California Retools Reopening Framework After Summer Virus Surge

California Governor Gavin Newsom announced new guidance for reopening the world’s fifth-largest economy, creating a statewide tier system rather than a county-by-county structure that has led to disparate approaches in restarting businesses.

The new framework creates four different categories as opposed to 58 separate metrics for each county to measure progress in the fight against the coronavirus. It also allows some sectors to be partially open as opposed to strictly being open or closed. Focus will shift from a broad set of metrics to just two -- case rates per 100,000 residents and test positivity rates -- to determine how a county is faring.

“We believe this is much more simple, much more transparent,” Newsom said at a press briefing Friday.

California was forced to roll back many of its reopenings this summer after a surge in Covid-19 cases, which was partly blamed on varied guidelines for counties that led some areas to quickly loosen rules. Infections have soared from about 110,000 at the end of May to nearly 700,000 as of Friday.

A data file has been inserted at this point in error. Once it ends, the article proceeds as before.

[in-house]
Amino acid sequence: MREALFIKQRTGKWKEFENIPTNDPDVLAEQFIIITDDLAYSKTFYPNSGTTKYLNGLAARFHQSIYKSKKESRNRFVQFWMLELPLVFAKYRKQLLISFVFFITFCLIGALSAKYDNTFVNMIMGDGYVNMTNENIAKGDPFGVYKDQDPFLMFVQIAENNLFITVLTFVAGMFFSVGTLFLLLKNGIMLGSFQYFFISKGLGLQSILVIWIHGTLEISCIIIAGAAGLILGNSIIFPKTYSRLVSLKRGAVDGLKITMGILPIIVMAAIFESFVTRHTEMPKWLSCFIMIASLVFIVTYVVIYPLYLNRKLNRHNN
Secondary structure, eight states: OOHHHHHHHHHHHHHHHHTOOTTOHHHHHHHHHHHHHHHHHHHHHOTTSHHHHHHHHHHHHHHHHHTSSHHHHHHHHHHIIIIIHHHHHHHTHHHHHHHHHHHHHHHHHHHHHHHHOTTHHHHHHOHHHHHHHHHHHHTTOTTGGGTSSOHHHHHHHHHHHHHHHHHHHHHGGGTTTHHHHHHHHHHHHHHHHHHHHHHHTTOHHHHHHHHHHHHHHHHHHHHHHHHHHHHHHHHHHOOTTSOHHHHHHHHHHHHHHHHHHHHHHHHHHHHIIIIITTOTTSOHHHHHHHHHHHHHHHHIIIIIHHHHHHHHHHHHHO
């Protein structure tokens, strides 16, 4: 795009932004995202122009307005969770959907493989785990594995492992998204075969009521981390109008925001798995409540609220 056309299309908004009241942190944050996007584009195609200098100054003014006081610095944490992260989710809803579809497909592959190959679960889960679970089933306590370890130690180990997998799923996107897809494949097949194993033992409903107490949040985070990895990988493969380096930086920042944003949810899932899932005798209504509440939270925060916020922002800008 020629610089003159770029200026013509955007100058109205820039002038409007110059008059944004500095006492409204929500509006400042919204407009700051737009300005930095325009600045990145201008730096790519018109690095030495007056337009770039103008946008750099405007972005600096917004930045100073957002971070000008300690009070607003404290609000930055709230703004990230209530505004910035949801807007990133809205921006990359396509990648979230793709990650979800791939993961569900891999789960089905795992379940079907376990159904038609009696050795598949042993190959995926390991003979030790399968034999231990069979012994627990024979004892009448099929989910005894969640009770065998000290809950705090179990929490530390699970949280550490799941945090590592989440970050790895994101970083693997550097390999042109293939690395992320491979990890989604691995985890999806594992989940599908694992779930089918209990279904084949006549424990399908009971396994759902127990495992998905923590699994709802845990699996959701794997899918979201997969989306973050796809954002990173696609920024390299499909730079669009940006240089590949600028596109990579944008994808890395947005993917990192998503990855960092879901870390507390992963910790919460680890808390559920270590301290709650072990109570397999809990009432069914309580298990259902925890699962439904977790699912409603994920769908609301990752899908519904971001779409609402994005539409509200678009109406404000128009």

The new reopening system creates four tiers, which are from worst to best: purple, red, orange, and yellow. Purple tier counties, for example, can only have outdoor dining for restaurants while those in the next tier, red, can have restaurants operate with 25% capacity indoors. A county remains in each tier for at least 21 days before moving up if the two key metrics improve.

Newsom said 38 counties are in the tightest purple tier -- areas that comprise about 87% of the population. Nine counties are red, eight are orange and three are yellow.

The state’s virus trends have showed marked improvement over the past month, with hospitalizations down more than 40% from a July peak. Daily new cases have averaged at 6,270 over the past two weeks, compared with more than 9,000 a month ago.

©2020 Bloomberg L.P.

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